The Seattle area hadn't spawned Amazon, Costco and Microsoft yet. But what would become Nordstrom started there in 1901 with a shoe store, and what would become United Parcel Service started there in 1907 as American Messenger Company. Boeing would be born as Pacific Aero Products Co. in 1916.
Alexander Pantages was running a theater empire. He would become a hockey fan.
"It is a bustling West Coast city by 1915 and one desperate to be recognized by the rest of the country," said Kevin Ticen, author of the soon-to-be published book "Immortality: The Forgotten Story of 1916-17 and America's First Stanley Cup Champions." "The Metropolitans were a huge point of pride for helping Seattle feel like a big league city."
Frank Patrick, PCHA president, poached six players from the Toronto Blueshirts of the NHA who had won the Stanley Cup together in 1914: Harry Cameron, Ed Carpenter, Frank Foyston, Hap Holmes, Jack Walker and Wilson.
Cameron went to the Victoria Aristocrats. The others went to the Metropolitans, who also got Bobby Rowe and Bernie Morris from Victoria.
Seattle was stacked. Foyston, Holmes and Walker would end up in the Hockey Hall of Fame. Some argue Morris should be in the Hall. The Metropolitans manager, as the title was then, was Pete Muldoon, who came from the Portland Rosebuds and would become the first coach of the Chicago Black Hawks (then two words) in 1926-27.
"Seattle fans didn't know it at the time, but this was one of the most potent lineups assembled in the early days of the game," Jeff Obermeyer wrote in "Emerald Ice: Hockey in Seattle from 1915 to 1975," one of his three books on Seattle hockey history.
With the Metropolitans wearing maroon, white and green striped sweaters with "S-E-A-T-T-L-E" snaking through an "S," Seattle Mayor Hiram Gill dropped the puck at the inaugural home opener. More than 2,500 saw a 3-2 win against Victoria.
The Metropolitans went 9-9-0 and tied for second in the four-team PCHA. They laid a foundation for 1916-17, when they went 16-8-0 and finished first after a thrilling race with the Vancouver Millionaires. An extra rail car carried Seattle fans to Portland for the critical regular-season finale, a 4-3 Metropolitans win.
When the defending Stanley Cup champion Canadiens trekked to Seattle for what the papers often called the "world series" or "world's series," they left the Cup in Montreal. They had four players who would end up in the Hockey Hall of Fame: Newsy Lalonde, Jack Laviolette, Didier Pitre and Georges Vezina. No team west of Winnipeg or south of the Canadian border had ever won the Cup.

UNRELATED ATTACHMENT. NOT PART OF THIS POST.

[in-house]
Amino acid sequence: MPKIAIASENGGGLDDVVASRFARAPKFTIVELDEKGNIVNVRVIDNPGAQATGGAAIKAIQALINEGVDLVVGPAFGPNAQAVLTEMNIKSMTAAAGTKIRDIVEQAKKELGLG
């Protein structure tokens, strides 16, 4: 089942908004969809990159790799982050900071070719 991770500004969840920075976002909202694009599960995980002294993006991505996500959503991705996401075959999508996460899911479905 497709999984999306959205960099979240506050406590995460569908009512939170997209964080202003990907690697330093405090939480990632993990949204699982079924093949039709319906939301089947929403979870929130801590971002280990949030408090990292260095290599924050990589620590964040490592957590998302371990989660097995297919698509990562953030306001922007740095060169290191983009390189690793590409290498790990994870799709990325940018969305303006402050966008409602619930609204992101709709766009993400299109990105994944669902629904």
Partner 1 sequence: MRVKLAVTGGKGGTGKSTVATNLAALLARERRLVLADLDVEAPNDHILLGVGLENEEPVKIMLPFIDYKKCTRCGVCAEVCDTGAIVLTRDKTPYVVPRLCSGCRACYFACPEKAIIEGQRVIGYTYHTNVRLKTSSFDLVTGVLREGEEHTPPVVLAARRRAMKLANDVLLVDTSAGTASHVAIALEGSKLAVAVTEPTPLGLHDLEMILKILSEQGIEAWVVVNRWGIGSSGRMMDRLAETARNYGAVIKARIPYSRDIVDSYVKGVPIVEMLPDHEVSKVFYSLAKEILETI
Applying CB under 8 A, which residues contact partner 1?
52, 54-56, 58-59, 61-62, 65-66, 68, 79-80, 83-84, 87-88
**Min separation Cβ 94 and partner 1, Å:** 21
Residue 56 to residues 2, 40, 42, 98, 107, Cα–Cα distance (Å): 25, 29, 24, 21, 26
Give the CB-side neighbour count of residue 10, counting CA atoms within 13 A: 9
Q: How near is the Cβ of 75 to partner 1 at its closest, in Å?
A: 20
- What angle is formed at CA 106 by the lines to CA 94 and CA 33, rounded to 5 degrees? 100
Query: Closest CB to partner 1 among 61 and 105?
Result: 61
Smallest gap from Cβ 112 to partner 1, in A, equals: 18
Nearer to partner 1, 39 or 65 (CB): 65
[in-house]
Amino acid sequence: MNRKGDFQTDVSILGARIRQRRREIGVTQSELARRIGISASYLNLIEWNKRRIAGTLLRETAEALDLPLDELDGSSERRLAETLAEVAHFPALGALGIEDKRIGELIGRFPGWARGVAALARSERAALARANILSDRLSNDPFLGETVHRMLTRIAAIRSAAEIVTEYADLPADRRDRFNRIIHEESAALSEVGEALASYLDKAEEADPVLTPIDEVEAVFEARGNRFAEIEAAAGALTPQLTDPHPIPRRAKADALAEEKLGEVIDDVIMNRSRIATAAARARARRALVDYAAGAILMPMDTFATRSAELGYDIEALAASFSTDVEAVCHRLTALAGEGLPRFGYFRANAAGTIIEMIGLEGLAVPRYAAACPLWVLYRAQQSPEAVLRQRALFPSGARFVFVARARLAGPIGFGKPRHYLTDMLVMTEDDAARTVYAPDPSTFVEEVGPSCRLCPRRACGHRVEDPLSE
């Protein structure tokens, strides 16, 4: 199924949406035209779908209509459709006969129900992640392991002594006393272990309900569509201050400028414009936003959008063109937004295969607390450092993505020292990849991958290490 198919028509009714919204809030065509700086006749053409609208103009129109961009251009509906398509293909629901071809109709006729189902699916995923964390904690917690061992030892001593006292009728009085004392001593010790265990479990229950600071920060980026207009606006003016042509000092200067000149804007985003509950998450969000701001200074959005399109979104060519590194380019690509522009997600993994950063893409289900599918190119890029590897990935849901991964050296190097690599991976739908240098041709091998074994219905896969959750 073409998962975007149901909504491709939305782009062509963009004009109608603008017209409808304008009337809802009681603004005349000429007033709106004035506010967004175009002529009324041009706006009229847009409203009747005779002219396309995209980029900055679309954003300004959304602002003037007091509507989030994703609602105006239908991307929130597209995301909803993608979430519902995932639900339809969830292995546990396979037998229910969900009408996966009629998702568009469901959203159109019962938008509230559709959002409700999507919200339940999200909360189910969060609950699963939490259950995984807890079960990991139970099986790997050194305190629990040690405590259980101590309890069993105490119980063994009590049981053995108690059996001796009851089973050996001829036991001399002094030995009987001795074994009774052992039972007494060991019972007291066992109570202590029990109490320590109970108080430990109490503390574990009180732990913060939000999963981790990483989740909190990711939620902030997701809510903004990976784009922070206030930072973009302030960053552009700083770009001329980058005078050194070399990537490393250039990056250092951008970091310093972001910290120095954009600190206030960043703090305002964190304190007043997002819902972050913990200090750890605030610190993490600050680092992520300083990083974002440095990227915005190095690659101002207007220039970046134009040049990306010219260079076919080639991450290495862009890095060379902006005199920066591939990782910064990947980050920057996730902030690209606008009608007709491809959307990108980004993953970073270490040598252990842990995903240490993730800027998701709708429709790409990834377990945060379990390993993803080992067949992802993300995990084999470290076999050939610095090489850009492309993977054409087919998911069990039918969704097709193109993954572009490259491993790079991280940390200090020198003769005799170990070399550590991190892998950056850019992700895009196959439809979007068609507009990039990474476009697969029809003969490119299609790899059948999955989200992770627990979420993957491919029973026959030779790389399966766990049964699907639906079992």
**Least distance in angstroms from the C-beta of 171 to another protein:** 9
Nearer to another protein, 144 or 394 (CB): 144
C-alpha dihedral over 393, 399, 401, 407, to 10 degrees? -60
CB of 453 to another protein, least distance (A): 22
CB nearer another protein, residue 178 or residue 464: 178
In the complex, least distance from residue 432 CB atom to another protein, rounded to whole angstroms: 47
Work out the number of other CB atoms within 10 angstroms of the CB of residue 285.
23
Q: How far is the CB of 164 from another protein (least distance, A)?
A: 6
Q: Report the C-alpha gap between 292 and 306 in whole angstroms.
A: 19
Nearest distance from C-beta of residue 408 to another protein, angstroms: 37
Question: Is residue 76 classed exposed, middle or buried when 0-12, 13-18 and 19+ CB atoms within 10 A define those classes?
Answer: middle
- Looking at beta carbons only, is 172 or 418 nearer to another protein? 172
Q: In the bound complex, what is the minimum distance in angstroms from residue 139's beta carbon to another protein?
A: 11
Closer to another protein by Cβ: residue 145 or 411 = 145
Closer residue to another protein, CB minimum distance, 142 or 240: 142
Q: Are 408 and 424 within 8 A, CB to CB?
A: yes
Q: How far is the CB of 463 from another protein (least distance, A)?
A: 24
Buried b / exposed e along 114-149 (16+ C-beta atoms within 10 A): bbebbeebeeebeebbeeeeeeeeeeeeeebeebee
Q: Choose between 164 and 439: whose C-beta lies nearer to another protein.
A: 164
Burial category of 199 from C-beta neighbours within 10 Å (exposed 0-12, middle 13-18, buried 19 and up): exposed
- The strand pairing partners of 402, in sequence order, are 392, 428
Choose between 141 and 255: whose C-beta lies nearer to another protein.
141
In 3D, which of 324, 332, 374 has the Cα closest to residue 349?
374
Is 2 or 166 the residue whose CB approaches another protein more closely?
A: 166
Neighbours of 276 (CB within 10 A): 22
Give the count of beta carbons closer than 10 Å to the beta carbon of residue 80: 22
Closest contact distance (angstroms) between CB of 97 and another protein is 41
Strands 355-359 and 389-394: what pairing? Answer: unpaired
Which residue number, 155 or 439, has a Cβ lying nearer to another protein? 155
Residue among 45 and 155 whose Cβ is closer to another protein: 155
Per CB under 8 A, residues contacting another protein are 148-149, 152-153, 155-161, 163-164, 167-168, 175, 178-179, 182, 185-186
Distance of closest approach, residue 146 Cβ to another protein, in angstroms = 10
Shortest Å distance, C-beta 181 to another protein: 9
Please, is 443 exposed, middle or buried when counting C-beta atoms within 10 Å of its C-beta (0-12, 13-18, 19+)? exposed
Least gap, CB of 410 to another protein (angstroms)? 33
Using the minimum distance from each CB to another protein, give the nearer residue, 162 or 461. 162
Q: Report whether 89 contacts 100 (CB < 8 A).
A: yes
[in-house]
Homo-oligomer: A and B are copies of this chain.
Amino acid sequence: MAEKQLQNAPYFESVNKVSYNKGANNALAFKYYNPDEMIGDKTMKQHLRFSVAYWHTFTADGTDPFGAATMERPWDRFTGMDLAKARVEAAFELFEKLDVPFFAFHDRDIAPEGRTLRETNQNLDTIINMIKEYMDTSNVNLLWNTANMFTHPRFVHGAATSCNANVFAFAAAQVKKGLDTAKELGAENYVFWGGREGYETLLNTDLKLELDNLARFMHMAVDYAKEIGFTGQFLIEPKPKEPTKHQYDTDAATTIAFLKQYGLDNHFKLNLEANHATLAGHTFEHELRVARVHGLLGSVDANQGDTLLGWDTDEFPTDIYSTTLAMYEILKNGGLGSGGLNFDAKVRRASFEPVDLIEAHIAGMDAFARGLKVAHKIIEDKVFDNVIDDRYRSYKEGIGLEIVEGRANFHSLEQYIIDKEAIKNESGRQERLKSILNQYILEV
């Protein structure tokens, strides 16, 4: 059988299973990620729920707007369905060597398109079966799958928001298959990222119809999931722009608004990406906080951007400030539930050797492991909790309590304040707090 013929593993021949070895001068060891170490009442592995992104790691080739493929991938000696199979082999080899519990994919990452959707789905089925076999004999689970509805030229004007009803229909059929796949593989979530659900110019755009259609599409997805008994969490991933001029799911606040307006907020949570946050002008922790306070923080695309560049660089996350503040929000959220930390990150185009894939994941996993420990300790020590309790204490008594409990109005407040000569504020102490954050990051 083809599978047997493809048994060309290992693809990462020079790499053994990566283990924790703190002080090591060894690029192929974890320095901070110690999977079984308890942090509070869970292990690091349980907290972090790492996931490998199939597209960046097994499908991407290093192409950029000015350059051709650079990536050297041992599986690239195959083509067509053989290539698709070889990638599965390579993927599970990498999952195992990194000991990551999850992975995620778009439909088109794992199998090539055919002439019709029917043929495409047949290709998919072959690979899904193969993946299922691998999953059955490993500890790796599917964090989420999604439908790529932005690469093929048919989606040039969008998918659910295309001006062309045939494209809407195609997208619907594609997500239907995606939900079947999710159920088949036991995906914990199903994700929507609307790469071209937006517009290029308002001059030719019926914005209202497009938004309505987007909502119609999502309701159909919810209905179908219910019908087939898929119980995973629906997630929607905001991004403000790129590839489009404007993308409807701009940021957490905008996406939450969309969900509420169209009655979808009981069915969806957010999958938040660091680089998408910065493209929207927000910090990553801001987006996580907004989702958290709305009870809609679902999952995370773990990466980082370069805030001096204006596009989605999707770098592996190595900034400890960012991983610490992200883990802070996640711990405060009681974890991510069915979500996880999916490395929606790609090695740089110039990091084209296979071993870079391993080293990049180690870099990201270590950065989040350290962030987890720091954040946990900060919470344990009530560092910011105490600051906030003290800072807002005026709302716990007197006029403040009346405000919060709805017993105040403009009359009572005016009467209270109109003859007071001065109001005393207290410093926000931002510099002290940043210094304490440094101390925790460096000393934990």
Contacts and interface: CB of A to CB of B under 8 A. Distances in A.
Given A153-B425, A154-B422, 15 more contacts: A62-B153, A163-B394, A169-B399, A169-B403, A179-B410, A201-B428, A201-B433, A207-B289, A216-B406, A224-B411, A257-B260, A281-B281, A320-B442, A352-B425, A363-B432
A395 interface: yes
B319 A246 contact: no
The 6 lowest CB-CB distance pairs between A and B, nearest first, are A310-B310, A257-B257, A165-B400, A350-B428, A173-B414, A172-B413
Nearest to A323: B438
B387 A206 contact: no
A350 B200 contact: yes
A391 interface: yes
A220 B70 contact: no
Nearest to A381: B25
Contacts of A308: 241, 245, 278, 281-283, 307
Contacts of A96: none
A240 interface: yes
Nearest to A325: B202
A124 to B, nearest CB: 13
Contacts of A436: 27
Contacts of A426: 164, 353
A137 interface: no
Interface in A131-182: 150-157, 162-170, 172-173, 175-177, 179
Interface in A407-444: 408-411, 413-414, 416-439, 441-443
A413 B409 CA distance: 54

"They didn't bring it," Ticen said, "because they didn't think they were going to lose it."
Royal Brougham, beat writer for the Seattle Post-Intelligencer and Metropolitans official scorer, led his preview story like this: "Seattle is hockey wild today."
"Hockey followers from all over the Northwest are flocking to Seattle for tonight's contest," Brougham wrote. "From as far north as Alaska, as far south as Los Angeles and as far east as Nelson, B.C., have reservations been made for seats, and every nook in the University [Street] Arena will be filled."
The Canadiens arrived at 8 a.m. the day of the first game. Face-off was at 8:30 p.m.
"Seattle may win tonight," Canadiens manager George Kennedy said, according to The Seattle Daily Times. "But after that I shall be greatly surprised if my men do not make a clean sweep of the remaining games."
The series went the opposite way.
It was Montreal that won that night 8-4, despite the long journey and the rules. The teams had eight or nine players, and they played odd-numbered games by PCHA rules (seven men per side and forward passes allowed in the neutral zone, most notably) and even-numbered games by NHA rules (six men per side and no forward passes). A headline in the Post-Intelligencer: "Seattle Is Beaten By French Wizards in Opening Battle."
It was Seattle that made a clean sweep of the remaining games, winning 6-1, 4-1 and 9-1, twice defeating the Canadiens under NHA rules. Morris scored 14 goals in the series, Foyston seven. Headlines in the Post-Intelligencer: "Seattle Boys Skate Rings Around Rival Team and Win Title … Metropolitans are Now the Holders of the Famous Stanley Cup."
Brougham quoted Kennedy as saying, "We were beaten by the better team."
"Historians who write of the rise and fall of Les Canadiens dynasty will record how this dashing band of Flying Frenchmen traveled 3,000 miles to find an adversary worthy of its steel and discovered a foe that outclassed it in every department of the great ice game," The Seattle Daily Times wrote.
Well, in hindsight, the Montreal dynasty hadn't even risen yet. The Canadiens went on to win 23 of their 24 championships after that, and they own far more than any other team. But three months after the Metropolitans victory, with a $500 bond guaranteeing its safe return, the Stanley Cup arrived in Seattle.
How amazin' were these Mets? One of their substitutes was forward Jim Riley, would play seven seasons in Seattle and then nine games in the NHL -- six for the Detroit Cougars and three for the Black Hawks in 1926-27. He also was a baseball infielder who would play four games for the St. Louis Browns in 1921 and two for the Washington Senators in 1923. No one else has played in both the NHL and MLB.